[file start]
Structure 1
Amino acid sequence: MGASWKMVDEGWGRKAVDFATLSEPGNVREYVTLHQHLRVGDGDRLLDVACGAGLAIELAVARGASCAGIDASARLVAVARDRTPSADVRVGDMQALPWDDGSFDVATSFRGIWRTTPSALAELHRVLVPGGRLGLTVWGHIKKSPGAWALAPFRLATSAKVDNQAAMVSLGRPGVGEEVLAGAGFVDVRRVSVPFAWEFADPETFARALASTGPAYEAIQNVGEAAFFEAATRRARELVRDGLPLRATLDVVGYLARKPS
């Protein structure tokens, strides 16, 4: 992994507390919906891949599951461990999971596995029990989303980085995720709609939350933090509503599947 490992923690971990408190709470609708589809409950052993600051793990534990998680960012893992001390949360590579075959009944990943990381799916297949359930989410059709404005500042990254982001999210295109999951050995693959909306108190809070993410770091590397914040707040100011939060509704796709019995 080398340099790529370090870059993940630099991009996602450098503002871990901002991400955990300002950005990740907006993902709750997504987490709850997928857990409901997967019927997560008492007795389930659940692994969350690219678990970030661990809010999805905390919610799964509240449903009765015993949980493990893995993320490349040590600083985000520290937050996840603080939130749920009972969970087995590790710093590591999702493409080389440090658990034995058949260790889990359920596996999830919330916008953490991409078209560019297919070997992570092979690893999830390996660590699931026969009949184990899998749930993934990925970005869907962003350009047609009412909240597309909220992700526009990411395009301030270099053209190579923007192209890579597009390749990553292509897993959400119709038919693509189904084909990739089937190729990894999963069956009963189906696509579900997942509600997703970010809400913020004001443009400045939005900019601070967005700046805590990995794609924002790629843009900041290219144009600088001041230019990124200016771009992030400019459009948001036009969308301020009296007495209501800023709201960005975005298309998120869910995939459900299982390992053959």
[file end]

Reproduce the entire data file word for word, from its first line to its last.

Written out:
Structure 1
Amino acid sequence: MGASWKMVDEGWGRKAVDFATLSEPGNVREYVTLHQHLRVGDGDRLLDVACGAGLAIELAVARGASCAGIDASARLVAVARDRTPSADVRVGDMQALPWDDGSFDVATSFRGIWRTTPSALAELHRVLVPGGRLGLTVWGHIKKSPGAWALAPFRLATSAKVDNQAAMVSLGRPGVGEEVLAGAGFVDVRRVSVPFAWEFADPETFARALASTGPAYEAIQNVGEAAFFEAATRRARELVRDGLPLRATLDVVGYLARKPS
């Protein structure tokens, strides 16, 4: 992994507390919906891949599951461990999971596995029990989303980085995720709609939350933090509503599947 490992923690971990408190709470609708589809409950052993600051793990534990998680960012893992001390949360590579075959009944990943990381799916297949359930989410059709404005500042990254982001999210295109999951050995693959909306108190809070993410770091590397914040707040100011939060509704796709019995 080398340099790529370090870059993940630099991009996602450098503002871990901002991400955990300002950005990740907006993902709750997504987490709850997928857990409901997967019927997560008492007795389930659940692994969350690219678990970030661990809010999805905390919610799964509240449903009765015993949980493990893995993320490349040590600083985000520290937050996840603080939130749920009972969970087995590790710093590591999702493409080389440090658990034995058949260790889990359920596996999830919330916008953490991409078209560019297919070997992570092979690893999830390996660590699931026969009949184990899998749930993934990925970005869907962003350009047609009412909240597309909220992700526009990411395009301030270099053209190579923007192209890579597009390749990553292509897993959400119709038919693509189904084909990739089937190729990894999963069956009963189906696509579900997942509600997703970010809400913020004001443009400045939005900019601070967005700046805590990995794609924002790629843009900041290219144009600088001041230019990124200016771009992030400019459009948001036009969308301020009296007495209501800023709201960005975005298309998120869910995939459900299982390992053959």